Cheap Water Effects for Inexpensive Terrain

It all started, as many things do, by hearing someone else talk about an experiment. In this case, it was by a Twitter user named @qyjari (Anne Palmer):

Well, that sounded brilliant! Water effects using cheap Elmer's glue? Too good to be true? I was intrigued.

Then I signed up for a GenCon class given by Dan from Tectonic Studios. The class description said "leave with one or two medium pieces of terrain and scatter pieces." Sure enough, I did, one of which was a pond shaped depression. It was built from cardboard, with a ring of cardboard to form the rim and covered in wood putty.

That's when Anne's tweet popped back into my head. Here was an opportunity to see how well Elmer's Clear Glue would work. This was a non-critical piece of terrain to work with. If it didn't work so well, no loss!

So off to Meiers during the "Back to School" sales to pick up a couple of bottles of Elmer's Clear School Glue.

First, I fully flocked and decorated my pond, including some static grass and tall grass that would be in the water, like a real pond.

Then I laid down the first layer. I went fairly thick, not sure how it would all work. Immediately, I saw that the white glue that I had used for the terrain turned wet and white again! I wasn't sure if this would end up going clear again, but it did after fully drying.

The first coat took almost two days to fully dry and as you can see, like most white glues, it shrank. Then, looking at my hobby light, I got smart. Subsequent coats, I put the piece under the light, by about 6 to 8 inches, to give it more heat to dry quicker. This was a good idea, as it turned the drying time from days to hours.

The second layer goes on. This time, I was a bit more careful and not quite as heavy/thick of a layer.

One thing I noticed, though, was that my choice of the bottom base of the piece was coming back to haunt me. I had used a single layer of cardboard. White glue shrinks. While it's gripping a surface, if that surface cannot resist the pull, then curling happens. As was the case here. So, the fix was to turn the piece over and put a thick coat of regular white glue on the bottom.  This resolved some, but not all of the curl. It's just hard to do, especially with that much glue on the top in the center.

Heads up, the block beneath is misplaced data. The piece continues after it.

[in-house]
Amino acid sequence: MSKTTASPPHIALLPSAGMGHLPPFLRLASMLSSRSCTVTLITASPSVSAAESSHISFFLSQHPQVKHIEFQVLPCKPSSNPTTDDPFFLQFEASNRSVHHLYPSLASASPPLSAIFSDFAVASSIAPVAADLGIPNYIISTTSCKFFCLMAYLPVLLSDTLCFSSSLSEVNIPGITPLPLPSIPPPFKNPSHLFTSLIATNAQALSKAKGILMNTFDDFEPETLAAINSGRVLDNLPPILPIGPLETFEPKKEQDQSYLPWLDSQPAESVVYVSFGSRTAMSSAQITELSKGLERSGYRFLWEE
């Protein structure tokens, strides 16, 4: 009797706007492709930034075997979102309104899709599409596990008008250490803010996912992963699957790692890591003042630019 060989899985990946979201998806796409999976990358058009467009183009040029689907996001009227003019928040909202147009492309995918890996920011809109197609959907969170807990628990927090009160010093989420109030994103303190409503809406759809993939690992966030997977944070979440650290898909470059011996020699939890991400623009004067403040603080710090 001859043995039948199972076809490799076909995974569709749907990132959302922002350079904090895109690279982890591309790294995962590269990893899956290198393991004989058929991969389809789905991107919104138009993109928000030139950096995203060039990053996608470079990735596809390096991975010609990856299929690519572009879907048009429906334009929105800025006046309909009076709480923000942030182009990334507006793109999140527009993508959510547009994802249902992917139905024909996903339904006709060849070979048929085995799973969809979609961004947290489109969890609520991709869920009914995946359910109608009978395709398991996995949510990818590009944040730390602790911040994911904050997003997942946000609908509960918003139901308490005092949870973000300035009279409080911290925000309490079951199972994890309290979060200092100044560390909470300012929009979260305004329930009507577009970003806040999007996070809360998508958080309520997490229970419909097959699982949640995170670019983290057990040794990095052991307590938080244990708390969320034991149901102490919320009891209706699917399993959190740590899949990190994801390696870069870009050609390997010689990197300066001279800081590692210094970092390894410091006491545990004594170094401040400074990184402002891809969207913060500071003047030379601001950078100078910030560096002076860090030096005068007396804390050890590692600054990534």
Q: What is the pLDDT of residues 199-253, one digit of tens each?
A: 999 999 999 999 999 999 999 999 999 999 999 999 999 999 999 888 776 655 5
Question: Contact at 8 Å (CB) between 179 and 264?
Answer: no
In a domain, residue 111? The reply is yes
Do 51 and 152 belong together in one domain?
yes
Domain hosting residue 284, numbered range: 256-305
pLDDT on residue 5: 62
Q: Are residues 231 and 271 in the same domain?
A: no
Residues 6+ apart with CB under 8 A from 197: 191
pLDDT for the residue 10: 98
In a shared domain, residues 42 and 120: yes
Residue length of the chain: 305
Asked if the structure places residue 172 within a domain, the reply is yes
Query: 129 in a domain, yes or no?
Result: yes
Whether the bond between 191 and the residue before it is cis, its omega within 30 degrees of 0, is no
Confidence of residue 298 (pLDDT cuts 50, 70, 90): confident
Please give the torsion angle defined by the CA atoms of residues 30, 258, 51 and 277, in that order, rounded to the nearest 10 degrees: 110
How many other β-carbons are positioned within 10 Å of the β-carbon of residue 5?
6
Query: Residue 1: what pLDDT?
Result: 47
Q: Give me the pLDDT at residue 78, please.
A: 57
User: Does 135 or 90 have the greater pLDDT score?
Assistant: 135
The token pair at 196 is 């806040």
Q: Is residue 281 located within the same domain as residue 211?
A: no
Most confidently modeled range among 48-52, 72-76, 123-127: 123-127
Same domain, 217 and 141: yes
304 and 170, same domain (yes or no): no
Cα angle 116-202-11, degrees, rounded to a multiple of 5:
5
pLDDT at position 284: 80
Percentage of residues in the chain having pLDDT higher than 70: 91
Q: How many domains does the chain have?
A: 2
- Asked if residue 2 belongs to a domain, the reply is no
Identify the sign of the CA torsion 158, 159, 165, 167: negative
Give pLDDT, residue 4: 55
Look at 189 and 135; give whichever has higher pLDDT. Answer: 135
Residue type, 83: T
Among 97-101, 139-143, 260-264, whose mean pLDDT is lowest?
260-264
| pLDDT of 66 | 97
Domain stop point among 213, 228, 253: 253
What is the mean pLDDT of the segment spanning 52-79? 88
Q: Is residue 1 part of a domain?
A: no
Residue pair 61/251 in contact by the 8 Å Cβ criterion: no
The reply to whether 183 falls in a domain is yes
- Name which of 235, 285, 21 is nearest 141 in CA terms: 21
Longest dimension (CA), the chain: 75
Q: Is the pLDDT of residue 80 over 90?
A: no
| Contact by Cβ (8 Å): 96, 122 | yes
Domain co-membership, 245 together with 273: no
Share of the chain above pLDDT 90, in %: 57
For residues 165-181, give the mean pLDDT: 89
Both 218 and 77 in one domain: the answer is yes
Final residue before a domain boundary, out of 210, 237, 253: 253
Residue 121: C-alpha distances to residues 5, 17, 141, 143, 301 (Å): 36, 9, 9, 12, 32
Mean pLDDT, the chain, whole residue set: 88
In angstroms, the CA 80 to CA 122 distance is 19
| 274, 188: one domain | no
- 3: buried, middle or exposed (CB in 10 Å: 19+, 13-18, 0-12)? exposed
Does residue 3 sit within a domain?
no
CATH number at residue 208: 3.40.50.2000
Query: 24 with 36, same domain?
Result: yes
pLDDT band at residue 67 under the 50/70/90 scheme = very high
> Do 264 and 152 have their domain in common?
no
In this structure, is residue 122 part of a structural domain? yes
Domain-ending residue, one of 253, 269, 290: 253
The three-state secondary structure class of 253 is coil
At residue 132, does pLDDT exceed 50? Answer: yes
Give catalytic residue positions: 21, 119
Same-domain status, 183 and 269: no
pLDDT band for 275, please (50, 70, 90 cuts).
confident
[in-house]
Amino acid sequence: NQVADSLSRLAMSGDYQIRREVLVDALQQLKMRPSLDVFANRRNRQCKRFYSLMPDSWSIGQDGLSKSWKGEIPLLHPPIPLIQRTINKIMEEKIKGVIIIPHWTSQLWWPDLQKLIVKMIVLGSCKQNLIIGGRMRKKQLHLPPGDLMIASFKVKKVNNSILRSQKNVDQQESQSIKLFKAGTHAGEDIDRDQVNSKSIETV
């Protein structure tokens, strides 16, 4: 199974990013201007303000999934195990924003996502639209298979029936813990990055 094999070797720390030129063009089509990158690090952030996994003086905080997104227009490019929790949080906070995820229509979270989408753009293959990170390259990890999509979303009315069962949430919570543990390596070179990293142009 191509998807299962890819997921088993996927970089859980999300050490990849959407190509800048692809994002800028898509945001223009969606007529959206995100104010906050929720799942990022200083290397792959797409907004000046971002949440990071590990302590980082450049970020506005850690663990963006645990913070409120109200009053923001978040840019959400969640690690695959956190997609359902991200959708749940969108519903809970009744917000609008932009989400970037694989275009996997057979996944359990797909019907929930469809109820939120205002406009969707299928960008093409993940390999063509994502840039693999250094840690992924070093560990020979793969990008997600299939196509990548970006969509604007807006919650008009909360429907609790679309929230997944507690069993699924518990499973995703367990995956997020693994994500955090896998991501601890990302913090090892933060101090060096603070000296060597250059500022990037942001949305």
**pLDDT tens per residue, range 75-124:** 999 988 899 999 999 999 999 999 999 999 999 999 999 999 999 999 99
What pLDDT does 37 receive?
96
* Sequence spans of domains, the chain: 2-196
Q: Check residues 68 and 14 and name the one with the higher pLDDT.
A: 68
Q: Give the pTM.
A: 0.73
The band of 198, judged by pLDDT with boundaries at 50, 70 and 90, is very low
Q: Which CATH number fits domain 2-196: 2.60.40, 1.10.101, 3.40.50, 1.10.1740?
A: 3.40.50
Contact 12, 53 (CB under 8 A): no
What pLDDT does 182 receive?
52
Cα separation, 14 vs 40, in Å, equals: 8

After four applications of the clear glue, I called it good. How did it turn out? Well, see what you think...


First picture is with 15mm figures (and both pieces that I built from the GenCon class). 2nd is with 25mm figures.


For only $4 for water effects, I think it turned out great! It's very clear, pretty hard and I have half my bottle left. It was dead simple to work with - no mixing or measuring. There were a few bubbles, but nothing too bad. It was definitely self leveling as well.

I don't know how this would work for a big project, but I'm going to keep experimenting with using the clear glue, it wasn't that hard to work with. Hope you find it useful - if you try it, let me know how it turns out!


  1. A great money saving tip, so thanks. Maybe spraying fixative on the bottom before painting and applying glue would reduce curling?

    1. That sounds interesting! I tried with a thick coat of white glue/PVA on the bottom after it curled. I have never heard of fixative, I'll give that a look.


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